Electronic Theses and Dissertations

Date of Award

2012

Document Type

Dissertation

Degree Name

Ph.D. in Pharmaceutical Sciences

Department

Pharmaceutics and Drug Delivery

First Advisor

Bonnie A. Avery

Second Advisor

Christopher R. Mccurdy

Third Advisor

Seongbong Jo

Relational Format

dissertation/thesis

Abstract

Cocaine and opioid abuse are a major public health concern and the cause of significant morbidity and mortality worldwide. The development of effective medication for cocaine and opioid abuse is necessary to reduce the impact of this issue upon the individual and society. The pharmacologic treatment for drug abuse has been based on one of the following strategies: agonist substitution, antagonist treatment, or symptomatic treatment. This dissertation is focused on the role of metabolism and pharmacokinetics in the development of new pharmacotherapies, CM304 (sigma-1 receptor antagonist), mitragynine and 7-hydroxymitragynine (μ-opioid receptor agonists), for the treatment of drug abuse. The affinity of cocaine to sigma-1 receptors render the hypothesis that targeting sigma-1 receptors using antagonists will be an effective strategy in the development of novel medications for cocaine abuse. In this light, we screened several sigma-1 receptor antagonists using in vitro metabolism studies and selected CM304, (3-(2-(azepan-1-yl) ethyl)-6-(3-fluoropropyl) benzo[d]thiazol-2(3H)-one), as a lead compound. CM304 was further characterized by determining its physicochemical properties such as pKa, Log PO/W and Log DPBS, pH 7.4, solubility, protein binding, in vitro metabolic stability. We also investigated pharmacokinetic parameters and bioavailability of CM304 in rats using a validated UPLC-MS/MS method. Mitragyna speciosa Korth is a tropical plant indigenous to Southeast Asia. The leaves of the plant have been used as a traditional medicine to treat cough, fever, diarrhea, pain, hypertension and morphine addicts. Mitragynine and 7-hydroxymitragyne, corynanthine-like alkaloids, have been reported to be responsible for the opioid properties found in this plant. We have developed simple, sensitive and high throughput bioanalytical methods for the quantification of mitragynine and 7-hydroxymitragyne in rat plasma. Pharmacokinetic parameters were evaluated by conducting single dose in vivo pharmacokinetic studies in rats. The extent of brain penetration of 7-hydroxymitragyne in rats was determined by performing an in vivo brain to plasma ratio. The above in vitro and in vivo experiments discussed on this dissertation will lay the groundwork for further development of these compounds as pharmacotherapies for cocaine and opioid abuse.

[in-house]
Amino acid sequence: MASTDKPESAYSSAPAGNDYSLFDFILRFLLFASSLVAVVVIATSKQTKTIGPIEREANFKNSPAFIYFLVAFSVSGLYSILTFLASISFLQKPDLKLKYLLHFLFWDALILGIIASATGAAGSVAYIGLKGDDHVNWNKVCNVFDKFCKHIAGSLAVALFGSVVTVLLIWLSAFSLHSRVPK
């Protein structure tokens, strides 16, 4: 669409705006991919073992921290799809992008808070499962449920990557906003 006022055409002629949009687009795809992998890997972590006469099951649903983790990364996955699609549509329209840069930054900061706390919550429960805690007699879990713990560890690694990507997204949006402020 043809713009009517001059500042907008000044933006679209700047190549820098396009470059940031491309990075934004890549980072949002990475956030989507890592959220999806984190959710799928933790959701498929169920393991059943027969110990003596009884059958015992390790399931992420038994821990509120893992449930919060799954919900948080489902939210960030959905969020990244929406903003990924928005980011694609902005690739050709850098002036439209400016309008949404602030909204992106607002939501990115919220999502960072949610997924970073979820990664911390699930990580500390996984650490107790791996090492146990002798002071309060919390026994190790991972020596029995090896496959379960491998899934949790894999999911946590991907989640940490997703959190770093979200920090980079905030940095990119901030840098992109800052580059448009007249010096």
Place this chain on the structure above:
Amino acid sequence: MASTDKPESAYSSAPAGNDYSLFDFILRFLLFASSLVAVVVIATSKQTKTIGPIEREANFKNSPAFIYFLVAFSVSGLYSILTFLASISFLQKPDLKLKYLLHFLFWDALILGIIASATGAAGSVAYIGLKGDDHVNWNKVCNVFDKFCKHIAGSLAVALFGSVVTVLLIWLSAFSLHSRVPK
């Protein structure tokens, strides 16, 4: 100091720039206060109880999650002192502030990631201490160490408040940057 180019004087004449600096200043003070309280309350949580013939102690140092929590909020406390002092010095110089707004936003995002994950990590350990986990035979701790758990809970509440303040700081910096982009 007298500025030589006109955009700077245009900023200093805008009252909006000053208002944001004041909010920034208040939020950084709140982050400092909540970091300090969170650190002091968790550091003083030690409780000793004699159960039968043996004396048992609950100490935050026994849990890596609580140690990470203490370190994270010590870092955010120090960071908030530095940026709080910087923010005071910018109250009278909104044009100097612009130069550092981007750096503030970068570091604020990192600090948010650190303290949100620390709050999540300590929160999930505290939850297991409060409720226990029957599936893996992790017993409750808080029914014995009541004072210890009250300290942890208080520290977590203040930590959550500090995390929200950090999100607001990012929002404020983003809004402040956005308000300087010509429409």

Concentration/Emphasis

Emphasis: Pharmaceutics

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